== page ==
I initially planned on taking my bike to Germany using the hard bike case I purchased. However, that represented a problem: what would I do with the case once I got there? I figured I could just ask one of my cousins, who usually drive from Germany to Turkey just about every year, to take the case with them and drop it off at my parents’ flat in Istanbul. From there, I could just put the bike in the case and fly back to Los Angeles. However, while in New Jersey I found out that my cousins wouldn’t be driving to Turkey until the end of the summer. That was problematic for me because, although I did not have a return date, I sure did not want to wait till the end of the summer to return to the States. Besides, I really was not too keen on asking them to take my case in the first place. The case was quite large and their cars tend to be small. Plus, they usually travel as a family with kids and all. After seeing how well my brother’s bike was packed in a cardboard box, I decided to go that route, too.
We decided to fly Singapore Airlines for a couple of reasons. First, I heard from several cyclists who have flown with them that they did not charge for bicycles and second, it would give me a chance to fly on one of the Airbus 380s for the first time. True enough, we were not charged a dime for the bikes and the 380 was quite comfortable. On a side note, I thought the kebayas worn by the Singapore Airline stewardesses were pretty cool, too.
Once we landed in Frankfurt and picked up our “regular” luggage, we headed over to the oversize luggage area hoping that the bikes would show up in one piece! To our surprise, we did not have to wait long. The bikes showed up after a few minutes and, based on the condition of the boxes, it seemed like they were handled carefully.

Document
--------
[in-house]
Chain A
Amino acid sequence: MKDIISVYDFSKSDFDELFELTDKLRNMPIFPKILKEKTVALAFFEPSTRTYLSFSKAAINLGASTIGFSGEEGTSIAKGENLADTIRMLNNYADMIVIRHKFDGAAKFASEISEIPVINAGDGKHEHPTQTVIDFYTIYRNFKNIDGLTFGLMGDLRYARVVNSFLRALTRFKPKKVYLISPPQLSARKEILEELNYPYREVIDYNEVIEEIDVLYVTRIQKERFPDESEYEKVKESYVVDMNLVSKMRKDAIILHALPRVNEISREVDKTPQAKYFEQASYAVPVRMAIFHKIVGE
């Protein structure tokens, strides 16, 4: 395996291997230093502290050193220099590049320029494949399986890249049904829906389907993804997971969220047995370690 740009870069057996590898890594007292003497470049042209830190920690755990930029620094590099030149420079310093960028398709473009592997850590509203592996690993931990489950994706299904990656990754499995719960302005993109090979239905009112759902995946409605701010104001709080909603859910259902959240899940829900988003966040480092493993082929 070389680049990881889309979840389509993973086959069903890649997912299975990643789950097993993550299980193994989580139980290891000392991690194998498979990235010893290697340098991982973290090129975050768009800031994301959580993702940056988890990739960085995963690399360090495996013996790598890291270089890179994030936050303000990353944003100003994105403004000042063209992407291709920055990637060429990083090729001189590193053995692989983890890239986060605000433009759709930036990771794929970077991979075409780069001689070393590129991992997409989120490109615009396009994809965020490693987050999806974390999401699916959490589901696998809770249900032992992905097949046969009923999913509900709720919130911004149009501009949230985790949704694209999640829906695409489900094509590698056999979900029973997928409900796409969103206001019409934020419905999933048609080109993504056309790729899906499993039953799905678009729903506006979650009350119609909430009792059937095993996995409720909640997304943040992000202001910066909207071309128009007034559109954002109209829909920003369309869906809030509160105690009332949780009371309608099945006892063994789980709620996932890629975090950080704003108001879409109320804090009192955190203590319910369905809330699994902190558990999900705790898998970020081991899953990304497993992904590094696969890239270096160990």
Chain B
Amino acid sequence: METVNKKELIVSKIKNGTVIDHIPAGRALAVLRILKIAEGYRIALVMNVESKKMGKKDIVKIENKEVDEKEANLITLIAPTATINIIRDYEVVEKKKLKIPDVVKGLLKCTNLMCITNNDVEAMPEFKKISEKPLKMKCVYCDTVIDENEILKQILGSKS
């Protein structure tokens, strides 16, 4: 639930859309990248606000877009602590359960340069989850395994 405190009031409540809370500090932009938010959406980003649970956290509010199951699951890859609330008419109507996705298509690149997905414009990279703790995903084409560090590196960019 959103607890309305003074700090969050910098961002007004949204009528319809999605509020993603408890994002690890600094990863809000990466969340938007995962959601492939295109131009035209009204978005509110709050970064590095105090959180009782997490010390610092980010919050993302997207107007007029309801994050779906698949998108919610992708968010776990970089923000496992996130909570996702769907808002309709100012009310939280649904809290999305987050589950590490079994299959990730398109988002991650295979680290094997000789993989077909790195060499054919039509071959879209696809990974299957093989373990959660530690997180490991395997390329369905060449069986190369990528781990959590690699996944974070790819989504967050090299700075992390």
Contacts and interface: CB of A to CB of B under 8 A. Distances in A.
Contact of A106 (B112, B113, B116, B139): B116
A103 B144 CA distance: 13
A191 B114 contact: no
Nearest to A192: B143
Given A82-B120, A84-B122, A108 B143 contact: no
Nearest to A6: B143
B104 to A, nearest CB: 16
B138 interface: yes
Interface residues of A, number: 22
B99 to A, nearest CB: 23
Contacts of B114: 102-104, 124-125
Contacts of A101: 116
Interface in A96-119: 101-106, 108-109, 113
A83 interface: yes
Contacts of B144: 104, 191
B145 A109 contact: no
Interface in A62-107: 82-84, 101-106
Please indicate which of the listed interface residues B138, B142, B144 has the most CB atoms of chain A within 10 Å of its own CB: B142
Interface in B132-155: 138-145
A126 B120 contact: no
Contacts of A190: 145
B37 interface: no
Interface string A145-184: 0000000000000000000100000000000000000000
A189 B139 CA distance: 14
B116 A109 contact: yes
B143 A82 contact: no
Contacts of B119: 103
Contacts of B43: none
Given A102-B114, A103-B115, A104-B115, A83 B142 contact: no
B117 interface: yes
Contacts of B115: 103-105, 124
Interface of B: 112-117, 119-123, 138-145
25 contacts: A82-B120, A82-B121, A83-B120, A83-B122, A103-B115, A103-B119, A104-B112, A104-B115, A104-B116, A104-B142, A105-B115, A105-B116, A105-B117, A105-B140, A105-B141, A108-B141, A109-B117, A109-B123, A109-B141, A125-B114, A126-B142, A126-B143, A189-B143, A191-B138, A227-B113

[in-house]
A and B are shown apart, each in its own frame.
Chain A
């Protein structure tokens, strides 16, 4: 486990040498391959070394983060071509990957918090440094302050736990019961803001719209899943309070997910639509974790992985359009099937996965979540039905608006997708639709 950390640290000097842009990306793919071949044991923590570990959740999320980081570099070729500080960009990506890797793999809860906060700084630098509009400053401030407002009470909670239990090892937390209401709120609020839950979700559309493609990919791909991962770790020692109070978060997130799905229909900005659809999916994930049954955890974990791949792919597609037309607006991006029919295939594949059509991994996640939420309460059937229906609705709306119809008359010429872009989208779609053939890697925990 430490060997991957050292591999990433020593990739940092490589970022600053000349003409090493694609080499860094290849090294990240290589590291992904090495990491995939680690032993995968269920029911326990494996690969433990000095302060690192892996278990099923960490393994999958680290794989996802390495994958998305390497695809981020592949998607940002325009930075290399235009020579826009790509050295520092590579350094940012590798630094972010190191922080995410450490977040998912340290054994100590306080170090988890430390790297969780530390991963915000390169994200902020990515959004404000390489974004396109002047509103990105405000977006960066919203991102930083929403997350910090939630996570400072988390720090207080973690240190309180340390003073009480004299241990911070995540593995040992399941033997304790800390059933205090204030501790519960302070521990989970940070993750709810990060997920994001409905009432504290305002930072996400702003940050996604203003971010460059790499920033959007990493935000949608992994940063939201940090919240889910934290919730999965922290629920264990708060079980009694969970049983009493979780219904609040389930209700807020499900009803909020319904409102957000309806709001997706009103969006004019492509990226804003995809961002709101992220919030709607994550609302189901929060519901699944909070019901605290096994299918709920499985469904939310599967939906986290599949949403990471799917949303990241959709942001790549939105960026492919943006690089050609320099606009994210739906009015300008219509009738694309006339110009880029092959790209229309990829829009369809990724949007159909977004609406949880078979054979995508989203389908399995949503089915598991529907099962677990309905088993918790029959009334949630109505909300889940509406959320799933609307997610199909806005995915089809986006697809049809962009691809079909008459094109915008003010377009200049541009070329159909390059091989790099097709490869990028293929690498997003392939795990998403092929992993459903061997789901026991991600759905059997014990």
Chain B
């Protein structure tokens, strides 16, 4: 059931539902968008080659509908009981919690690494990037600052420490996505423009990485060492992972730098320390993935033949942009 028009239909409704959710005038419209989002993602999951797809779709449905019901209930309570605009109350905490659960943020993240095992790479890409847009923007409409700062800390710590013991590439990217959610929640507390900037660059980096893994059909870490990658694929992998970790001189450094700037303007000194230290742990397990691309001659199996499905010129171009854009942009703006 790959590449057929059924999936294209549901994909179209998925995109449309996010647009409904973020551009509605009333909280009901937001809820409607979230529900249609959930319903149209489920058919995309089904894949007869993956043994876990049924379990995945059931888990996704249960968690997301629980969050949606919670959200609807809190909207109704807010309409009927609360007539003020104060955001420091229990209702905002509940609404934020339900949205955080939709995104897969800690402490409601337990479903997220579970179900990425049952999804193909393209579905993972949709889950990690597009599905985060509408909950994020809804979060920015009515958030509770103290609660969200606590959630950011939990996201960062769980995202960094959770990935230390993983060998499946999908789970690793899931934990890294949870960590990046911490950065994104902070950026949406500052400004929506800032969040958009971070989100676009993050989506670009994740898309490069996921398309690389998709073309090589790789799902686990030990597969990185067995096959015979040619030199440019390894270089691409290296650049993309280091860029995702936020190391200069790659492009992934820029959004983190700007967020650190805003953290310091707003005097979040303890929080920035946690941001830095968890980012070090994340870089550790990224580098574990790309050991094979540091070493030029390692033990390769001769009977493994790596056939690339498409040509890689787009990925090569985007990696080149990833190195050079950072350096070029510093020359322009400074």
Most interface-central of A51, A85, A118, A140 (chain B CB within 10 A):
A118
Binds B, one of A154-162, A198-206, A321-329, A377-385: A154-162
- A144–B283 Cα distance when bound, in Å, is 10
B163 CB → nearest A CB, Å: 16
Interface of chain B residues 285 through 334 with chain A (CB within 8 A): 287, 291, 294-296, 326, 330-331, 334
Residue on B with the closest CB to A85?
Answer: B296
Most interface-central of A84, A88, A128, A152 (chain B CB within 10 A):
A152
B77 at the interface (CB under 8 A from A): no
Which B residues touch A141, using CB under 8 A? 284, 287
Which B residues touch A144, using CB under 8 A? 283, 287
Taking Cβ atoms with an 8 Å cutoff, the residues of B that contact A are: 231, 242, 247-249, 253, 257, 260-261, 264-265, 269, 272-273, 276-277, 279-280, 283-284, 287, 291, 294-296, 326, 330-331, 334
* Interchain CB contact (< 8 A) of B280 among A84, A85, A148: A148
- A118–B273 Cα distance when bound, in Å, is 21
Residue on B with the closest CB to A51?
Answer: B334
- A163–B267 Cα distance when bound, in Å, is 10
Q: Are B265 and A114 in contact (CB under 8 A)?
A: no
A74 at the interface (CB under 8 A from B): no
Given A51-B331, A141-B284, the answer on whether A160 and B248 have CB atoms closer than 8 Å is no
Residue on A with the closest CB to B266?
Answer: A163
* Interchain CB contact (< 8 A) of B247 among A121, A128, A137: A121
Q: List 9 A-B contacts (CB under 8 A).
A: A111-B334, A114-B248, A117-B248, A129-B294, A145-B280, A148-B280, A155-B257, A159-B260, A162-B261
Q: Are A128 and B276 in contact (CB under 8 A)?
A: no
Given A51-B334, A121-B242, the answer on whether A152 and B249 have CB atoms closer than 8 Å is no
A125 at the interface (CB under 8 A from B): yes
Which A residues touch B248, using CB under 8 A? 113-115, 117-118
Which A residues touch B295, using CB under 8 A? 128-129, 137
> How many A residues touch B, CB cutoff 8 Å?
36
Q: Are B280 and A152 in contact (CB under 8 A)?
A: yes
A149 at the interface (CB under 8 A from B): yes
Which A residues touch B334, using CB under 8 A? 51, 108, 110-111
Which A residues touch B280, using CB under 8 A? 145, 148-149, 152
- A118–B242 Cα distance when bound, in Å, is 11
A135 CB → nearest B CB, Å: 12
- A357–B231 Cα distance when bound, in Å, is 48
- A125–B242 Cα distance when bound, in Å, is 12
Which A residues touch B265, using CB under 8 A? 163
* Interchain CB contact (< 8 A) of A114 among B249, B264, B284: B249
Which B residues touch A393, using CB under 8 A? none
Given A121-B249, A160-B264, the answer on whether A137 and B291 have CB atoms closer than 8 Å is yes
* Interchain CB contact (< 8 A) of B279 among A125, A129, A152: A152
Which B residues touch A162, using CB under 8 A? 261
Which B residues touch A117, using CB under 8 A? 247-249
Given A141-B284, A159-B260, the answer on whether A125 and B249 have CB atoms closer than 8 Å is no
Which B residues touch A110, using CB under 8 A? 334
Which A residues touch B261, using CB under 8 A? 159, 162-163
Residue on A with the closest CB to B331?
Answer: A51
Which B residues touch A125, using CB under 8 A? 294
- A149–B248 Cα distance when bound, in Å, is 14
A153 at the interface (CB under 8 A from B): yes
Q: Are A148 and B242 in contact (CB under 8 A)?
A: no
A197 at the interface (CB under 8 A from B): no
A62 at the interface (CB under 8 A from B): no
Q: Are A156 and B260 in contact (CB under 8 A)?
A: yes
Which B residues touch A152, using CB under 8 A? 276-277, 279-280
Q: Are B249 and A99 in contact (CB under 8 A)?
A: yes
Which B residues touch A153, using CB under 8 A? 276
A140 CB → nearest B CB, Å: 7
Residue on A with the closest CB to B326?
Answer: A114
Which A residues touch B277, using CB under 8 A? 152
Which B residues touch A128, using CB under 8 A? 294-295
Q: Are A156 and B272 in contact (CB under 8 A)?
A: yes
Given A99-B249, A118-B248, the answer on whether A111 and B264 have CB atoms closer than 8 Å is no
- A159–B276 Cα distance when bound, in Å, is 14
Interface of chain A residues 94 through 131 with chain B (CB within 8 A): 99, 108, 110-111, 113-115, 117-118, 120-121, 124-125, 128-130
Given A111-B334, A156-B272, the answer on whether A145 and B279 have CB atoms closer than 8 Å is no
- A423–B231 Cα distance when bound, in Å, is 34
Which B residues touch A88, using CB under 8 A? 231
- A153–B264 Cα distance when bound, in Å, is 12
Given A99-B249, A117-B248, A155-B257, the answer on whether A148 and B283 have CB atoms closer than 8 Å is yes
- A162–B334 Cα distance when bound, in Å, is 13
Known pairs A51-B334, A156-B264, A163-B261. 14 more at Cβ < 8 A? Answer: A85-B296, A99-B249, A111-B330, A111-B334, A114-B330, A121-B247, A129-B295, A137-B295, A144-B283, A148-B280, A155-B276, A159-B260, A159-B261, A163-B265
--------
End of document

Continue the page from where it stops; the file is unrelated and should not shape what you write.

As we were trying to go through the customs area, one of the German customs agents started asking a series of questions about where the bikes were made and where we purchased them. He was inspecting our US passports and we (perhaps naively) assumed that he understood that we were there for a cycling trip. I soon realized that was not the case and we had to explain to him that we were going to cycle from Germany to Turkey and the bikes would be leaving with us. He soon realized what we aimed to do and waived us through with an attitude as if to say “really, you two are gonna cycle all the way?”. The passport check was quite a contrast. Our passports were stamped in record time without any sort of conversation whatsoever. Once we made it outside to the secure area, one of our cousins was outside waiting for us.
We soon loaded up the car and headed down to Elsenfeld on a beautiful sunny morning unaware of the mean plans the weather gods had for us. We were jet-lagged but excited to be finally in Germany to start our journey.